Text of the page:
As you reach the conclusion of Chapter Seven, watch the film trailer for this novella. As you watch, consider how viewing this trailer is different than your initial experience of reading the opening chapter. (This annotation contains a video)
According to the Underground Man in this chapter, what are two constants in man's behavior?
Before reading Chapter Nine, watch the famous scene from Shakepeare's play, "Hamlet." As you watch consider Hamlet's view on consciousness and suffering; be prepared to compare and contrast it with the Underground Man's views at the end of this chapter. (This annotation contains a video)
After watching Hamlet's soliloquy or speech in the last film annotation, compare or contrast Hamlet's views on consciousness and suffering with the Underground Man's views in Chapter Nine. Be sure to give at least one comparison or contrast between these two different characters.
In this chapter, the Underground Man makes multiple references to the Crystal Palace, an iron and glass "edifice" which housed the Great Exhibition of 1841 in London. The Underground Man speaks of this palace with contempt because he believes it represents progressive society's blind commitment to reason while ignoring individuality and freedom. (This annotation contains an image)
Watch the video explaining symbolism in literature. At the beginning of this chapter, you read about what the crystal palace symbolizes. Now consider what the "underground" symbolizes in this novella. (This annotation contains a video)
What is the main purpose of Chapter Eleven?
The highlighted lines from Nekrassov's poem, "When from the Darkness of Delusion," serve as an epigraph (or suggest a theme that will reoccur in the coming work). In the poem, a man is writing to the prostitute he's saved; as you continue to read, look for similarities between this epigraph's message and Dostoevsky's work.
According to the narrator, what is he?
The narrator once again adopts a contemptuous tone towards the lofty ideals like freedom and equality that were central to the western European Romantics, including those involved in the French Revolution (ten years prior).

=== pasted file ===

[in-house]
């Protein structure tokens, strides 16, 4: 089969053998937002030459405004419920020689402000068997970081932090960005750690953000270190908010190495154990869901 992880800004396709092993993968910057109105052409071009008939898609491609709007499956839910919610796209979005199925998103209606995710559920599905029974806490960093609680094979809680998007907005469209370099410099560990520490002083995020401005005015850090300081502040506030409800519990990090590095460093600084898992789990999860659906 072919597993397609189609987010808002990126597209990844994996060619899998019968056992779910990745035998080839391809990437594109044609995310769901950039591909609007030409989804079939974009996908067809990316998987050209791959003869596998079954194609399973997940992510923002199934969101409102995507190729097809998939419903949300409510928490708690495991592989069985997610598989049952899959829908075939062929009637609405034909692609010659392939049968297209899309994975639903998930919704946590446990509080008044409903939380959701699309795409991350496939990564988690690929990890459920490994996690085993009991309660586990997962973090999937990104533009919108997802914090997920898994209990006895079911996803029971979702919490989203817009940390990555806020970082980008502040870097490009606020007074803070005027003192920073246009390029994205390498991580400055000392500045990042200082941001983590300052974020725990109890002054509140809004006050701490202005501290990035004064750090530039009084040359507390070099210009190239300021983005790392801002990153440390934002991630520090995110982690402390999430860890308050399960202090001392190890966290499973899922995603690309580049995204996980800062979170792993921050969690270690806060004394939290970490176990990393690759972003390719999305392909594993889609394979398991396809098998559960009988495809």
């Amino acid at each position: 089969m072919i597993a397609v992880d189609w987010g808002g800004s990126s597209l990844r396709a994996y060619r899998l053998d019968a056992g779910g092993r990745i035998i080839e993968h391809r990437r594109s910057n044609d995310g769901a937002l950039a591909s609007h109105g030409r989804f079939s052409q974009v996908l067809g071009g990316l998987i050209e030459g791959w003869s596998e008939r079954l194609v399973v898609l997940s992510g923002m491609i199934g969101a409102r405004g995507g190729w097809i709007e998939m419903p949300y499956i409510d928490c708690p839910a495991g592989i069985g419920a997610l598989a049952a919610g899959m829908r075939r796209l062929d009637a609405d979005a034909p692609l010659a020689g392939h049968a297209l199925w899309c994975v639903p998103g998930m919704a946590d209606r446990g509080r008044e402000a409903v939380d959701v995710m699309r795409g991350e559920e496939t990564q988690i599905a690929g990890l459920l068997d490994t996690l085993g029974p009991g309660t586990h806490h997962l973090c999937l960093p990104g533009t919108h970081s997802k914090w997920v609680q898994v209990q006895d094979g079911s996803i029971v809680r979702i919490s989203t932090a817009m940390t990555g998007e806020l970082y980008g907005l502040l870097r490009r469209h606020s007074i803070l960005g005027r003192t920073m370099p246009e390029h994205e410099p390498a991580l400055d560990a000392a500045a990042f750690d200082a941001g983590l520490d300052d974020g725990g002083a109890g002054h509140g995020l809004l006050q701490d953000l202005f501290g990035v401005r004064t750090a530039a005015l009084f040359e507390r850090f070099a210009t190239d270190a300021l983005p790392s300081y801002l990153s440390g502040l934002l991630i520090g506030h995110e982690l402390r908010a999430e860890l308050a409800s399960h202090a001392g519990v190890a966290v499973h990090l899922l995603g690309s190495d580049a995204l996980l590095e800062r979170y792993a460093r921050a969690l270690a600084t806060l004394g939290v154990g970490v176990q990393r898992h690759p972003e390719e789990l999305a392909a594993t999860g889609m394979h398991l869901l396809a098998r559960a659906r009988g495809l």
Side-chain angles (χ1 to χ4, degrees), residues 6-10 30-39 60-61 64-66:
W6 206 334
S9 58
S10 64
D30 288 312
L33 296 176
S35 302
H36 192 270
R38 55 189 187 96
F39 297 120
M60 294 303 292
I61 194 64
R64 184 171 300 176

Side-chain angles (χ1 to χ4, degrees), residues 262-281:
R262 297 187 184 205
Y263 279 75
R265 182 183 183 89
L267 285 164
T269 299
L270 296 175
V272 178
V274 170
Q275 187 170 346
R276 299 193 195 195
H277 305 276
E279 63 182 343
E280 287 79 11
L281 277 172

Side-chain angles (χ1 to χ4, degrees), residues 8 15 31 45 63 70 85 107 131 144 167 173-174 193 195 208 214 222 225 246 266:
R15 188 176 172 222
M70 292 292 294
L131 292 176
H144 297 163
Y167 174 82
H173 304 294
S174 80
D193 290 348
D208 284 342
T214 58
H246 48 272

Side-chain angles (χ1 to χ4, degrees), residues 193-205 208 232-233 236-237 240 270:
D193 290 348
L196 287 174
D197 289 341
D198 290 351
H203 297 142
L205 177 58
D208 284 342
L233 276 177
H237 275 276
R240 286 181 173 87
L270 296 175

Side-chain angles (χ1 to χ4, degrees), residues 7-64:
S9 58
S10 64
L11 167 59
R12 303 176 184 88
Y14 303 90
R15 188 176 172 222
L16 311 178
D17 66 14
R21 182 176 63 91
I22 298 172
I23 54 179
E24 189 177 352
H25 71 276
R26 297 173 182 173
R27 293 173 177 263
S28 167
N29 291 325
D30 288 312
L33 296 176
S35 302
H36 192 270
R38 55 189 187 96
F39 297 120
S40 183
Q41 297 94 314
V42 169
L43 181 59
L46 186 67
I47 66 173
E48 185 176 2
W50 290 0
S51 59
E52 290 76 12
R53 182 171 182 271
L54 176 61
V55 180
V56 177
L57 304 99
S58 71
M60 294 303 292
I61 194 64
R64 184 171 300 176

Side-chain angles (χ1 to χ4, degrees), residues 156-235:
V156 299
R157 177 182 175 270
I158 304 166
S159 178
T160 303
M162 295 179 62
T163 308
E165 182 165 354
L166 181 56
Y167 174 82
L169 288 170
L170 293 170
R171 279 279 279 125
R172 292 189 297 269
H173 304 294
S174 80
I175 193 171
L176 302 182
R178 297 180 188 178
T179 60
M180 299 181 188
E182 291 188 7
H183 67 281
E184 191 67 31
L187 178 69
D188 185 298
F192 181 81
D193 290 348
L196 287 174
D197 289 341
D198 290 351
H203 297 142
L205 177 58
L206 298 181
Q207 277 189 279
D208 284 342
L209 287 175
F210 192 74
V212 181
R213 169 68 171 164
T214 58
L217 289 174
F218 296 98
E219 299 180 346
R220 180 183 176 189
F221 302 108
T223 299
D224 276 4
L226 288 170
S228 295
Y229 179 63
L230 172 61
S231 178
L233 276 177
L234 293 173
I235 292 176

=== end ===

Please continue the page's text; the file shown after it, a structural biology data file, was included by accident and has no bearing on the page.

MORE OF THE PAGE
The white oval denotes where the Black Forest is located in Germany. (This annotation contains an image)
Select the statement that correctly identifies both the type and purpose for using the figurative language in the highlighted text.
Watch the video explanation of personification. We see this type of figurative language in the highlighted text when it says, "Cold shivers run down my back." Here, it is used to illustrate the narrator's horror and apprehension. (This annotation contains a video)
Which central idea or ideas are explored in this chapter?
Review the information on allegory below. In this chapter, the narrator creates an allegory or extended metaphor through his dreams. As you continue to read, pay attention to what these dreams represent. (This annotation contains an image)
In the highlighted text, the Underground Man alludes to Lord Byron's "Manfred." Read the quote from Byron's poem below. Why might the Underground Man relate to this character? (This annotation contains an image)
Explain how the Underground Man's dreams in this chapter serve as an allegory to express how western ideals and culture should not be imposed on Russian culture.
Below is a picture of a Russian rouble (currency) from the 1800's. (This annotation contains an image)
Using the highlighted text, what can you infer about Simonov?
What do Zverkov and the Underground Man's other classmates do to him to emphasize his status as an outsider in the first paragraph of Chapter Four?
Watch the video on verbal irony below. In the highlighted text, the Underground Man insinuates that Zverkov is using verbal irony when he expresses his (false) condolences over the wait. (This annotation contains a video)